There are certain things in life I want to hide. And appropriately so, I suppose. Once I had a reaction to some outdoor plant. Maybe it was poison oak or sumac but it was an itchy, oozy, open wound. It looked pretty gross. I kept it hidden.

And then there was the time our family went house-boating in Tennessee. The boat had this great slide from the roof of the boat into the lake. Without properly preparing the slide, I planted myself at the top and whooshed into the water. Unfortunately, the slide was dry and my leg rubbed all the way down making a horrible screeching noise while simultaneously removing a sizable portion of skin off my thigh. It hurt fiercely.

After a few days a scab formed but it took a long time for new skin to grow and during that process the area had an annoying habit of watering and sticking to whatever I was wearing. Two things resulted…first, my clothing would dry to the oozing wound and require me to reopen it when I changed my clothes. Secondly, it was noticeable on the outside, especially when I inadvertently wore white pants. Now something that should be my secret was obvious to everyone.

This reminds me of my heart and what comes out of my mouth. I try really hard to be kind and pleasant. I want my words to bring life. It want everyone to feel as if they encountered Jesus when they encounter me.

That is my goal. I am not there yet. I get annoyed and frustrated. I am embarrassed to say that many times this reaction is based on wrong information – either I have been given the wrong information or I make assumptions based on partial information. Try as I might, I do not hide those feelings well. They somehow ooze to the surface in a really disarming and unkind way.

So, what are my choices? How could I improve? I’ve been pondering this a bit. I have come up with several options. First, I could avoid being annoyed in the first place. Sometimes that works. And I really believe that if I wasn’t human I could completely avoid ever having ill feelings about any person or situation. But I’m human so that doesn’t work for me.

Secondly, I could develop strategies for keeping my feelings hidden. Smile more. Talk to myself about it and maybe chant a mantra like “This does not bother me. This is not a big deal.” I fear, based on my experience, that the wound would ooze and become an ugly mess and stick to my clothes and then I would have to rip it off and then…it’s an ugly cycle.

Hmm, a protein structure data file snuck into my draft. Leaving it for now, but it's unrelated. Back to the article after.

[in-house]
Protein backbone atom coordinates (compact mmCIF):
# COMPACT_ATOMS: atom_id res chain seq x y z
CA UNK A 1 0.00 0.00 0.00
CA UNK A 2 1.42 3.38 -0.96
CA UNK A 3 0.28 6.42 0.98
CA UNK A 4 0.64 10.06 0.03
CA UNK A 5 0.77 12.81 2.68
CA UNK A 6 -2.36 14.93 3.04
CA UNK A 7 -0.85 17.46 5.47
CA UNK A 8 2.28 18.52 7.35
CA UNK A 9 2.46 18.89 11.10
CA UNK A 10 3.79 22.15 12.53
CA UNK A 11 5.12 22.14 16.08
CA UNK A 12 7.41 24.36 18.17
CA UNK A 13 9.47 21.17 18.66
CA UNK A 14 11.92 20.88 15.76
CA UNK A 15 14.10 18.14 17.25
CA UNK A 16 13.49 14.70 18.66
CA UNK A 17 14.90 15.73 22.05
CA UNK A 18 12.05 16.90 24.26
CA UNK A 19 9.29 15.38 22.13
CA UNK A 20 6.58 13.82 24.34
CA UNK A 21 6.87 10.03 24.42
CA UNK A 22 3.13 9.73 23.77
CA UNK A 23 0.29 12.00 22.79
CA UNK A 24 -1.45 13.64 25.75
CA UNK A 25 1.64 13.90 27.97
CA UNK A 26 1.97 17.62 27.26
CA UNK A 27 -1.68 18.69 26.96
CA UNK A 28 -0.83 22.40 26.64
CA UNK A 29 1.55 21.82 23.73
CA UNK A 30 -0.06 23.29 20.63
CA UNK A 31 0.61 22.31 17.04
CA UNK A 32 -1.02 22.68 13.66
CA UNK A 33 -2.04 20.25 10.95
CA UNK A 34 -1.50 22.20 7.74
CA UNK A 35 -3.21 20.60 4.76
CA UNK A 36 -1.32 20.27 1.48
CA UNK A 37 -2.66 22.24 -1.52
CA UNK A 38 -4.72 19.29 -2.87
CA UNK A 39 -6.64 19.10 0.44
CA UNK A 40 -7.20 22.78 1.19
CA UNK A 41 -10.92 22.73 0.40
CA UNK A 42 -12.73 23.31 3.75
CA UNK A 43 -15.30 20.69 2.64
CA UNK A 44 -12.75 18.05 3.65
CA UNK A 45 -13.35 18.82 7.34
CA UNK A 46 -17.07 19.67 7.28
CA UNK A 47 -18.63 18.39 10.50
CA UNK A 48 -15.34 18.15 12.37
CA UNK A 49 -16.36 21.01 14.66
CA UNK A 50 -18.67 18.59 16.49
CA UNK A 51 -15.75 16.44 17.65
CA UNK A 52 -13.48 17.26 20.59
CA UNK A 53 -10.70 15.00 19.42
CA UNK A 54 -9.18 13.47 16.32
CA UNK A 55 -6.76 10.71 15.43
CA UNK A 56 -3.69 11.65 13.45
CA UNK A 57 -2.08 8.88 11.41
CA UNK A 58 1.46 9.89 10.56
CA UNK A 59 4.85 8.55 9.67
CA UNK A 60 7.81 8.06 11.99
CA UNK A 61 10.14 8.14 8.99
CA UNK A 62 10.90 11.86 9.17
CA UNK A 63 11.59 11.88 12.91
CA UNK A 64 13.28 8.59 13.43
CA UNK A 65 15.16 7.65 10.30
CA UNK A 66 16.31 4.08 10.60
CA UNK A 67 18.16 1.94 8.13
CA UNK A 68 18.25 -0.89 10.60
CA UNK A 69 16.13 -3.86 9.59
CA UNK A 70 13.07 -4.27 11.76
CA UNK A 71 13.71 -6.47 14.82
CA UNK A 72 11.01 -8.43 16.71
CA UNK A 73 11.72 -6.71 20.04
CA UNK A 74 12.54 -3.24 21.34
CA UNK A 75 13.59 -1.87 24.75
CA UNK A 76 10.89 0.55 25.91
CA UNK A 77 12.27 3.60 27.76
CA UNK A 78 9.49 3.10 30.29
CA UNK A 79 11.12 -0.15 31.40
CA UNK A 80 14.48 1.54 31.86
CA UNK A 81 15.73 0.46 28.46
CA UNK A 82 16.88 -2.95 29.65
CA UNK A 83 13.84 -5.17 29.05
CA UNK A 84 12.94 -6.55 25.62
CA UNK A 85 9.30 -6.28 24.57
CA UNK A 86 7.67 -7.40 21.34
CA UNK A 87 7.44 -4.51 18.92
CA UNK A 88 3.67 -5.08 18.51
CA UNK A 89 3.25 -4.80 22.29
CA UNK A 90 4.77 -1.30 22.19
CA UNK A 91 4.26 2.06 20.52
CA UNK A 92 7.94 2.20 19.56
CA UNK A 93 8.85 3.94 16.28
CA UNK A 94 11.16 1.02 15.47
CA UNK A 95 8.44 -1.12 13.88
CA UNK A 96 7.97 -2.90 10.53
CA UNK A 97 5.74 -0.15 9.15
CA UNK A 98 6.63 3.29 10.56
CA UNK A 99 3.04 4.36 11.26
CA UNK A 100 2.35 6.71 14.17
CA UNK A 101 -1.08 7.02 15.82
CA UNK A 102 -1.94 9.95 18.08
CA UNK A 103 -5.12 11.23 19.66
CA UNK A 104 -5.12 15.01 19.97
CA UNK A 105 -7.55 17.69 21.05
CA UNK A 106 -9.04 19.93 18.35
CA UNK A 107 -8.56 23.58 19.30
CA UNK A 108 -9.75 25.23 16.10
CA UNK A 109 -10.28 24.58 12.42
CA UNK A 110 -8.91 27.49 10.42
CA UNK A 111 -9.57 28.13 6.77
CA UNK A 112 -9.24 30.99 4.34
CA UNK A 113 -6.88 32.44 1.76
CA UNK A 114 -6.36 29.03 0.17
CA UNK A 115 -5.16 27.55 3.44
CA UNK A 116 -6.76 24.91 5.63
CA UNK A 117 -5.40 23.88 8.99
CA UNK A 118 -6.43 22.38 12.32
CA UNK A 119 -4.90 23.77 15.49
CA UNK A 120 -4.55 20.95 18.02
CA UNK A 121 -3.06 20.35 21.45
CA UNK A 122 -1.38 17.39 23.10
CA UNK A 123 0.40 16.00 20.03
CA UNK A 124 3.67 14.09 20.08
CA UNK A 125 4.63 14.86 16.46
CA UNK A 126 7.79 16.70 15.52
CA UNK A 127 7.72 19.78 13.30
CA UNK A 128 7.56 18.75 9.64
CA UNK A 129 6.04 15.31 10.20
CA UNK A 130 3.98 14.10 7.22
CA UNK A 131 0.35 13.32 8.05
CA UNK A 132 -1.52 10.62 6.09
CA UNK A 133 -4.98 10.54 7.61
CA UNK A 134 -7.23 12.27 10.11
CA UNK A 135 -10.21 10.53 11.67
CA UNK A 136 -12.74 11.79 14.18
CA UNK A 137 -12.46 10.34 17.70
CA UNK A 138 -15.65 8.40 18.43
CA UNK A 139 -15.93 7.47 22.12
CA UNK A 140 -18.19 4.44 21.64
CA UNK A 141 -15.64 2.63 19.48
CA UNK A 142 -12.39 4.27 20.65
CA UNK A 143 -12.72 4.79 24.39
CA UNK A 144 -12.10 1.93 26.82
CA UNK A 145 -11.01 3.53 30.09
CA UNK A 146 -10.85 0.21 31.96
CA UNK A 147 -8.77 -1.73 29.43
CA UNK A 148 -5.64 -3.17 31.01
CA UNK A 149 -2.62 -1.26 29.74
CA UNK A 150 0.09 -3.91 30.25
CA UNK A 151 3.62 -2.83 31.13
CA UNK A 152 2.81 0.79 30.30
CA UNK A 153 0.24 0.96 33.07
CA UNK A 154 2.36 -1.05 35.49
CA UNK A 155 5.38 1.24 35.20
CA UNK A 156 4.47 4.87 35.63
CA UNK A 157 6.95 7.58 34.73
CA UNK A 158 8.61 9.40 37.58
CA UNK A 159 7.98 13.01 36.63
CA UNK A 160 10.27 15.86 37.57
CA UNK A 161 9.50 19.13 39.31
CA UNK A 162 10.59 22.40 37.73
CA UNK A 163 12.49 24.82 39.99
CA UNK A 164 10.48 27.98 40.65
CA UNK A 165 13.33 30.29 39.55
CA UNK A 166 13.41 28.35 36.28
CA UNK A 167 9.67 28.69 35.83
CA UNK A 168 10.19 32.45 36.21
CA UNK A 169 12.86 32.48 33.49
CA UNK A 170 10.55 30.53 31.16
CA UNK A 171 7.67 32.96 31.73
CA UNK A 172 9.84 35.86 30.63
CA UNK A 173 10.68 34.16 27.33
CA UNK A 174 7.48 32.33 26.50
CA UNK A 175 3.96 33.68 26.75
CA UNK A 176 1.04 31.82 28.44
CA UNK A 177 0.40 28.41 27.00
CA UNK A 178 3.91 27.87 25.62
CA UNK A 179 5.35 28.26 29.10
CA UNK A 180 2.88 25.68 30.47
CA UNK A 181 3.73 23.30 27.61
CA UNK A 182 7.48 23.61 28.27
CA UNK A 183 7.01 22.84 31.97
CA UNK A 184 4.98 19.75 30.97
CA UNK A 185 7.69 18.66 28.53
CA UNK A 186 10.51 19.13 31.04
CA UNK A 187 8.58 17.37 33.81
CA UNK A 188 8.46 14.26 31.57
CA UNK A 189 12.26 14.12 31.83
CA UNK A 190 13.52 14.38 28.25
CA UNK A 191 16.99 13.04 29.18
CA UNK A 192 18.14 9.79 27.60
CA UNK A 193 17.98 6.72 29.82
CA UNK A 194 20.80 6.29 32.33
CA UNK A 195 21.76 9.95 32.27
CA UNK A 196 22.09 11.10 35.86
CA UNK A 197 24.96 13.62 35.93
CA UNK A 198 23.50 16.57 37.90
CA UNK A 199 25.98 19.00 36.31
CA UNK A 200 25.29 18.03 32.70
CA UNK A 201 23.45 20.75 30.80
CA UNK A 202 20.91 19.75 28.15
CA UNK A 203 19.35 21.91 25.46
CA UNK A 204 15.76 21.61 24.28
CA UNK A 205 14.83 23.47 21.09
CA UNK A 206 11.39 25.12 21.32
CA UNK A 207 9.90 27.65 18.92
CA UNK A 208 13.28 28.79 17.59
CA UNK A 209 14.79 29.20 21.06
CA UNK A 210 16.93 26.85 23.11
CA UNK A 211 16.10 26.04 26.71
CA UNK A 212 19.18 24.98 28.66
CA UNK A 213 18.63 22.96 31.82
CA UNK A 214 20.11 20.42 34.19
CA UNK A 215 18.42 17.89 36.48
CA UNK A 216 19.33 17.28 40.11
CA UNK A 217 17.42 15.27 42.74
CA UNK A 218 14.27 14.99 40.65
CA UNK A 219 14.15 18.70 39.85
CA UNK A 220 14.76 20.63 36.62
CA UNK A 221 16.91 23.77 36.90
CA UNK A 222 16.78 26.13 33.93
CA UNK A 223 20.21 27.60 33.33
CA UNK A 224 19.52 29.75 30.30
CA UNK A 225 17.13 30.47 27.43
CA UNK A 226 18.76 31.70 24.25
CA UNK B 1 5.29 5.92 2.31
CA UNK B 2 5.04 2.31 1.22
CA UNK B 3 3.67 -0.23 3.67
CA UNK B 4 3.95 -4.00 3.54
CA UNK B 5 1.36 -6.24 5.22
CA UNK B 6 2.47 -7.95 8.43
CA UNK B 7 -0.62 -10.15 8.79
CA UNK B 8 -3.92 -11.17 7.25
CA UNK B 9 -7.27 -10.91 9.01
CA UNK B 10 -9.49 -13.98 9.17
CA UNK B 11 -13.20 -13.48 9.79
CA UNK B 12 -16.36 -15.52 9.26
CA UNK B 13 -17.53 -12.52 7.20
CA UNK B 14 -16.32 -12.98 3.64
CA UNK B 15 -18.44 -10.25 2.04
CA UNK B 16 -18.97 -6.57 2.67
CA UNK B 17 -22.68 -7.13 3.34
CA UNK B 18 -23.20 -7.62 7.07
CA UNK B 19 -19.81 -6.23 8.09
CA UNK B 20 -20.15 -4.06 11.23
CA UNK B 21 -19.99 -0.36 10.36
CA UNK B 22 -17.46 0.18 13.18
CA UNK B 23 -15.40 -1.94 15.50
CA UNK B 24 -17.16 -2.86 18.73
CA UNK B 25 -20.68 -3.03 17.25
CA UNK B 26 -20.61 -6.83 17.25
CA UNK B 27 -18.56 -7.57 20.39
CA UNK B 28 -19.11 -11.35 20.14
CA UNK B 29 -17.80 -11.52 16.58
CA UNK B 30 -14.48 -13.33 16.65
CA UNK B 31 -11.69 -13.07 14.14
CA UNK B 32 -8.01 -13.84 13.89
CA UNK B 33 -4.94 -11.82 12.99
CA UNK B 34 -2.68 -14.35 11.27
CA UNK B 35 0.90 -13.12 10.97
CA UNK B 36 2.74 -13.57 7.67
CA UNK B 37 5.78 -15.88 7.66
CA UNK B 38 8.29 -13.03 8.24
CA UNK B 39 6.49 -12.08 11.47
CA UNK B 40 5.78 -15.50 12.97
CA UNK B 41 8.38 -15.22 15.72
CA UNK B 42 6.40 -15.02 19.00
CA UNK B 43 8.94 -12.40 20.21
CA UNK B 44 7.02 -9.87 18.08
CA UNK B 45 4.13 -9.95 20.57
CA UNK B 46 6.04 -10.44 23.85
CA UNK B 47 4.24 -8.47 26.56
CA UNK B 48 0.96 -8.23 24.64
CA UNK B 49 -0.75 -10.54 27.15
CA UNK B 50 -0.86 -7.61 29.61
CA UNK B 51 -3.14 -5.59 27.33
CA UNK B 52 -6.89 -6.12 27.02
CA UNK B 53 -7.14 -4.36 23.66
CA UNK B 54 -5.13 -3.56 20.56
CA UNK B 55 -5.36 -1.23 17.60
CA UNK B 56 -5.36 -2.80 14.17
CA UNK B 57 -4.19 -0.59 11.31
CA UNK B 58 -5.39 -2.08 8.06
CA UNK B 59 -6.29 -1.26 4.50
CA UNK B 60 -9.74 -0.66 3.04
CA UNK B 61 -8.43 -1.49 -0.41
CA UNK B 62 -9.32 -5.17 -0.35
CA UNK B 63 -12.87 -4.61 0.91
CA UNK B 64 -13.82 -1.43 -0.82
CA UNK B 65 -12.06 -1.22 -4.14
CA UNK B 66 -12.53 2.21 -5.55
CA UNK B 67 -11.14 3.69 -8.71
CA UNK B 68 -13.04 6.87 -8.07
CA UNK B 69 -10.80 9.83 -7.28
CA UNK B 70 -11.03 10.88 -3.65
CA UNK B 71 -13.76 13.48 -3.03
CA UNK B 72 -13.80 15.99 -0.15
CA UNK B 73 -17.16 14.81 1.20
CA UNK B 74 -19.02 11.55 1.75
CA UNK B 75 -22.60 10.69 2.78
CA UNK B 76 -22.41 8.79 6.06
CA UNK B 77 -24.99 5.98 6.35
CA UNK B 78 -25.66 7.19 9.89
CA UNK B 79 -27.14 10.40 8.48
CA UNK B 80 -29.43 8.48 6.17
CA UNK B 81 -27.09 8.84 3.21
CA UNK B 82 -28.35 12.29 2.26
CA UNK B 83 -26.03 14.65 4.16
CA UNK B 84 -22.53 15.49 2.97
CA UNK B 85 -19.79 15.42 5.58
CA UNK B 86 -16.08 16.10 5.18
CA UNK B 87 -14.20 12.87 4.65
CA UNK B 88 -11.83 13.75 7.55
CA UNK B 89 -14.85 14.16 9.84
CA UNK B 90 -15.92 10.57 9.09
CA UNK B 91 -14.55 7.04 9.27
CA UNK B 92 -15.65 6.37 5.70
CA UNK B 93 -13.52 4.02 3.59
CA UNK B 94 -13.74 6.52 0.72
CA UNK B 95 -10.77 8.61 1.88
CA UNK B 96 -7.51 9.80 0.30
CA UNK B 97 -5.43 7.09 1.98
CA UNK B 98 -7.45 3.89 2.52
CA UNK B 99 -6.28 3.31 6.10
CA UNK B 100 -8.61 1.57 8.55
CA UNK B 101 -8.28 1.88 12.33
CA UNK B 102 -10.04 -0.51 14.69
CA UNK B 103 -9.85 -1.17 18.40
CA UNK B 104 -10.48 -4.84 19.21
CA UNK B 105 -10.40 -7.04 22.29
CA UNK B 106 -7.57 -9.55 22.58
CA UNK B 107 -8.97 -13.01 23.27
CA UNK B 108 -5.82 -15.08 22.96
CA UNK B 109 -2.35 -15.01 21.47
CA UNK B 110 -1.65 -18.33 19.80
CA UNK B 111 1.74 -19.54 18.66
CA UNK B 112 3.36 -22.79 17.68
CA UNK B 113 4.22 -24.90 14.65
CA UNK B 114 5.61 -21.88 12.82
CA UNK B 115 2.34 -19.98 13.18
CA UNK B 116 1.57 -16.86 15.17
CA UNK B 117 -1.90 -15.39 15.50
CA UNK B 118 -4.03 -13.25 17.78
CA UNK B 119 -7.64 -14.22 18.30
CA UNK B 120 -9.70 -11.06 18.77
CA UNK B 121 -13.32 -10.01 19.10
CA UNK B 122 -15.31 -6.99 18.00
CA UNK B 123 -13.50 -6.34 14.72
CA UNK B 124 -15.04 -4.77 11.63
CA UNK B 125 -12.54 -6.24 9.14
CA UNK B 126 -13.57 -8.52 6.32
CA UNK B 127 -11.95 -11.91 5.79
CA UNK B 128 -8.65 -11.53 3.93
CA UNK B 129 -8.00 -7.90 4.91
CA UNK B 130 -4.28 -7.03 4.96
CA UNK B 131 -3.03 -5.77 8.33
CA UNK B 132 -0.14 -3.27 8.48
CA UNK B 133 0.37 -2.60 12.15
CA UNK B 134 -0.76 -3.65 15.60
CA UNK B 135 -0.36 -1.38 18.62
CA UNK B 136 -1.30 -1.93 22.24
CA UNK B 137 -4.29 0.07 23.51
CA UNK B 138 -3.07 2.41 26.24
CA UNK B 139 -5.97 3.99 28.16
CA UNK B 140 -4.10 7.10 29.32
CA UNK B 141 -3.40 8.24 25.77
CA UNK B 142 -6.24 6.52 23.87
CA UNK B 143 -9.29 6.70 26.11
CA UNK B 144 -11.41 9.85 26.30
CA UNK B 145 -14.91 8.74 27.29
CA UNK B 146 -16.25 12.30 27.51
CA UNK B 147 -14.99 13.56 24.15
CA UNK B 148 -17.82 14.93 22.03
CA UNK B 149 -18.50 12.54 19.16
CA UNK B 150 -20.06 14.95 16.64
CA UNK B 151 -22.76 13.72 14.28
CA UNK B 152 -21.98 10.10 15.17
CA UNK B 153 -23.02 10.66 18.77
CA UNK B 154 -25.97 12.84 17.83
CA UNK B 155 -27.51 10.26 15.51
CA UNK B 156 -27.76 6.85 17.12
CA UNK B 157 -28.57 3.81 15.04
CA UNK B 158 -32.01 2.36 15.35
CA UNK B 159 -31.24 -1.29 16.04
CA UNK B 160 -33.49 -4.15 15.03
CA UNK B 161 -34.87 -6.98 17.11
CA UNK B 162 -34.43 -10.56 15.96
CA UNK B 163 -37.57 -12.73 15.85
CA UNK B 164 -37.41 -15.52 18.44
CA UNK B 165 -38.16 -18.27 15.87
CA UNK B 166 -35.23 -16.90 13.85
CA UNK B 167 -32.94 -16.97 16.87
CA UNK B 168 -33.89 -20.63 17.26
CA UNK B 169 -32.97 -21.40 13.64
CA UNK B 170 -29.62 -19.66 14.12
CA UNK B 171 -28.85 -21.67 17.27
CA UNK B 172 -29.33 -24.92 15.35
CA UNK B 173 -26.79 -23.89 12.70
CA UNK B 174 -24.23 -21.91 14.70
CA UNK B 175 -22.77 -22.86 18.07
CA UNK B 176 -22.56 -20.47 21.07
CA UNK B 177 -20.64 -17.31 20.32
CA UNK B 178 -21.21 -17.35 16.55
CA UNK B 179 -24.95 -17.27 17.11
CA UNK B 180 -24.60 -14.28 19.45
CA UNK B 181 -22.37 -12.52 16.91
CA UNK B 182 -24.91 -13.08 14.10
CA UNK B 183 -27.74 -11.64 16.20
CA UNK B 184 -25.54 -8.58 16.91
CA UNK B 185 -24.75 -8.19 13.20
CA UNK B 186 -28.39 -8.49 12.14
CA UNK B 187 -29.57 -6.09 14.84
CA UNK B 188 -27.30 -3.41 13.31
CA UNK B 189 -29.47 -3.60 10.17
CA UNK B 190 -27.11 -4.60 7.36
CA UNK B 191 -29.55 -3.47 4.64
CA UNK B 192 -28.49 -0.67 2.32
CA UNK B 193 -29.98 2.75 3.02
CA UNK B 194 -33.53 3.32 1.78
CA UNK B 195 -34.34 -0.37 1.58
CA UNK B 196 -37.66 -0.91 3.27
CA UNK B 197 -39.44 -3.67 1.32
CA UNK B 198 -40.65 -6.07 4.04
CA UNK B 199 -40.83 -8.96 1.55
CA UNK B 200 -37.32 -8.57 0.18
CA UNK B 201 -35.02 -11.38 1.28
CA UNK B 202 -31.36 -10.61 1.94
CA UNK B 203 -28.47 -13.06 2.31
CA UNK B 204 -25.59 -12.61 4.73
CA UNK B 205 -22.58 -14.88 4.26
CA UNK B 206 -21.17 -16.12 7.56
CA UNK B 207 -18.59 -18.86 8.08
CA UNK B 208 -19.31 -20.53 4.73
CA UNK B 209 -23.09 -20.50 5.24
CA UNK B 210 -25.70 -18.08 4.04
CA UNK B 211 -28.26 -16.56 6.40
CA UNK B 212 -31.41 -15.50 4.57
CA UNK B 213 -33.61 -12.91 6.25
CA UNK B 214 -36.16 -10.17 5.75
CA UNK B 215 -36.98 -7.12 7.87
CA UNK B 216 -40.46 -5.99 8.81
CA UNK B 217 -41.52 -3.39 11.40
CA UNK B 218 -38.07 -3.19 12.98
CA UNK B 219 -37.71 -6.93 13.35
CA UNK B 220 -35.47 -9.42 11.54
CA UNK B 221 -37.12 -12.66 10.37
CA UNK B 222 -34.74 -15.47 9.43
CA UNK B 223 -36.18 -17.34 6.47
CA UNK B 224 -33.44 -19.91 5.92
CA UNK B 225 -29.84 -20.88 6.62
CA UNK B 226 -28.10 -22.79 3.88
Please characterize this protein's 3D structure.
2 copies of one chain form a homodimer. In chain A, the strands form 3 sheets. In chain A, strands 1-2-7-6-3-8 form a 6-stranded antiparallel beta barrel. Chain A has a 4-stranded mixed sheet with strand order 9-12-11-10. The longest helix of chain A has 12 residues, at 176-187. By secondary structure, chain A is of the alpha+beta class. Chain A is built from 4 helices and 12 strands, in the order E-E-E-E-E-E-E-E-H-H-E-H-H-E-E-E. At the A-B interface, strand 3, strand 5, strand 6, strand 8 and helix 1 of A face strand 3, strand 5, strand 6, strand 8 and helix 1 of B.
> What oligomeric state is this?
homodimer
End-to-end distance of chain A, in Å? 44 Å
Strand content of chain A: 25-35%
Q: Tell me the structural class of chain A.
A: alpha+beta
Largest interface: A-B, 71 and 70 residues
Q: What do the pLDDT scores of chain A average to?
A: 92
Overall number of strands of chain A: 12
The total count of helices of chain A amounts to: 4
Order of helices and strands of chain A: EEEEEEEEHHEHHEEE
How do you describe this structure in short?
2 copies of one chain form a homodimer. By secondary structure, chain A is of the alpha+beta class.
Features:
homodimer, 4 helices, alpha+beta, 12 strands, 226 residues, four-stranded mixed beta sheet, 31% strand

Thirdly, and what I want to do, I could admit before the Lord that I am frustrated.  I could ask him to change my heart, to help me see a perspective other than my own. I could ask more questions for clarity, to explore how decisions are made.

But I don’t, I stew. And without even needing to plan it, words tumble out of my mouth that are not kind. The attitude I thought so well hidden is suddenly out in the open. And it stinks. I am embarrassed. And I know I have been unkind.

In Matthew 15, Jesus encounters the Pharisees. They are insulted that the disciples don’t practice the age old tradition of ceremonial hand washing before they eat. Jesus speaks rather directly to them and asks why they violate a direct command of God by refusing to honor their parents. He goes on to say that it isn’t what goes into your mouth that defiles you, it is what comes out of your mouth. The disciples are appalled that Jesus would speak so harshly to the religious leaders and even point out to Jesus that he offended the Pharisees. He finishes the teaching by saying, “Anything you eat passes through the stomach and into the sewer. But the words you speak come from the heart–that is what defiles you.”